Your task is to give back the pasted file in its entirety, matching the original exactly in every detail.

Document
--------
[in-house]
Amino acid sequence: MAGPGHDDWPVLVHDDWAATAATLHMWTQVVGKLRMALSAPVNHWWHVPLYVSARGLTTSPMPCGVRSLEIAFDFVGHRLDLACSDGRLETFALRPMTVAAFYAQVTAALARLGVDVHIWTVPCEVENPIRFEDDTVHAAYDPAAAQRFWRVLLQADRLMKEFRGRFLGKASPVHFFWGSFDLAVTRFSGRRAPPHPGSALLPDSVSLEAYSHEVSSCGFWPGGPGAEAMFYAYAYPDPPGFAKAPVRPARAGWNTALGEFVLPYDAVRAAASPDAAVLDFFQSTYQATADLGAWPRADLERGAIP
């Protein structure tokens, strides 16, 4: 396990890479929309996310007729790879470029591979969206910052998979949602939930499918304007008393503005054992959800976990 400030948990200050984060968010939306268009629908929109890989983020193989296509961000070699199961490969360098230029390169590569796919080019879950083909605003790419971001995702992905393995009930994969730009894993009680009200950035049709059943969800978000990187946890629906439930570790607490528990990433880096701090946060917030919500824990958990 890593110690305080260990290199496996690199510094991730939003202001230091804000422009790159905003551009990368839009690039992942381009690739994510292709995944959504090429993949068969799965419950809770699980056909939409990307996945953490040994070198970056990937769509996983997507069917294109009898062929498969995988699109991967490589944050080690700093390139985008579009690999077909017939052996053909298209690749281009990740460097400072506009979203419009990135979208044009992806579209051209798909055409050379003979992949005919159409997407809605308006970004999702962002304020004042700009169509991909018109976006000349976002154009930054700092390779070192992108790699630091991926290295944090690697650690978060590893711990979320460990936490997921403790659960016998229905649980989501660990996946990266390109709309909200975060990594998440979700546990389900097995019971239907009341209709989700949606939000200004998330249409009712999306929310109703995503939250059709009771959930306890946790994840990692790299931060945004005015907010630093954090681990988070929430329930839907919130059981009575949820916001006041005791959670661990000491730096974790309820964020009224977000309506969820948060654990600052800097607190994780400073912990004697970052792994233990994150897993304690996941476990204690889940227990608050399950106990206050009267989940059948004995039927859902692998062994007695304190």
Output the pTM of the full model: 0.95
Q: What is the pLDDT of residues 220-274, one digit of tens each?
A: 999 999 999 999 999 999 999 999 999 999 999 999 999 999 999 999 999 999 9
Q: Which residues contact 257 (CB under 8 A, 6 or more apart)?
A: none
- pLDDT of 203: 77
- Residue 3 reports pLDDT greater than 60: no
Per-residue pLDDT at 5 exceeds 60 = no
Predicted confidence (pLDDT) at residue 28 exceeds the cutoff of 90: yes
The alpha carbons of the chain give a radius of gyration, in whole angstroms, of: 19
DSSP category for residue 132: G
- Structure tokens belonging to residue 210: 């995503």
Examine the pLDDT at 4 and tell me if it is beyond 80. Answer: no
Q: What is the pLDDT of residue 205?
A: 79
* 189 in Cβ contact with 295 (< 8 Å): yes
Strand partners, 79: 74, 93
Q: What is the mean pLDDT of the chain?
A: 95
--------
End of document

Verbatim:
[in-house]
Amino acid sequence: MAGPGHDDWPVLVHDDWAATAATLHMWTQVVGKLRMALSAPVNHWWHVPLYVSARGLTTSPMPCGVRSLEIAFDFVGHRLDLACSDGRLETFALRPMTVAAFYAQVTAALARLGVDVHIWTVPCEVENPIRFEDDTVHAAYDPAAAQRFWRVLLQADRLMKEFRGRFLGKASPVHFFWGSFDLAVTRFSGRRAPPHPGSALLPDSVSLEAYSHEVSSCGFWPGGPGAEAMFYAYAYPDPPGFAKAPVRPARAGWNTALGEFVLPYDAVRAAASPDAAVLDFFQSTYQATADLGAWPRADLERGAIP
């Protein structure tokens, strides 16, 4: 396990890479929309996310007729790879470029591979969206910052998979949602939930499918304007008393503005054992959800976990 400030948990200050984060968010939306268009629908929109890989983020193989296509961000070699199961490969360098230029390169590569796919080019879950083909605003790419971001995702992905393995009930994969730009894993009680009200950035049709059943969800978000990187946890629906439930570790607490528990990433880096701090946060917030919500824990958990 890593110690305080260990290199496996690199510094991730939003202001230091804000422009790159905003551009990368839009690039992942381009690739994510292709995944959504090429993949068969799965419950809770699980056909939409990307996945953490040994070198970056990937769509996983997507069917294109009898062929498969995988699109991967490589944050080690700093390139985008579009690999077909017939052996053909298209690749281009990740460097400072506009979203419009990135979208044009992806579209051209798909055409050379003979992949005919159409997407809605308006970004999702962002304020004042700009169509991909018109976006000349976002154009930054700092390779070192992108790699630091991926290295944090690697650690978060590893711990979320460990936490997921403790659960016998229905649980989501660990996946990266390109709309909200975060990594998440979700546990389900097995019971239907009341209709989700949606939000200004998330249409009712999306929310109703995503939250059709009771959930306890946790994840990692790299931060945004005015907010630093954090681990988070929430329930839907919130059981009575949820916001006041005791959670661990000491730096974790309820964020009224977000309506969820948060654990600052800097607190994780400073912990004697970052792994233990994150897993304690996941476990204690889940227990608050399950106990206050009267989940059948004995039927859902692998062994007695304190």
Output the pTM of the full model: 0.95
Q: What is the pLDDT of residues 220-274, one digit of tens each?
A: 999 999 999 999 999 999 999 999 999 999 999 999 999 999 999 999 999 999 9
Q: Which residues contact 257 (CB under 8 A, 6 or more apart)?
A: none
- pLDDT of 203: 77
- Residue 3 reports pLDDT greater than 60: no
Per-residue pLDDT at 5 exceeds 60 = no
Predicted confidence (pLDDT) at residue 28 exceeds the cutoff of 90: yes
The alpha carbons of the chain give a radius of gyration, in whole angstroms, of: 19
DSSP category for residue 132: G
- Structure tokens belonging to residue 210: 């995503």
Examine the pLDDT at 4 and tell me if it is beyond 80. Answer: no
Q: What is the pLDDT of residue 205?
A: 79
* 189 in Cβ contact with 295 (< 8 Å): yes
Strand partners, 79: 74, 93
Q: What is the mean pLDDT of the chain?
A: 95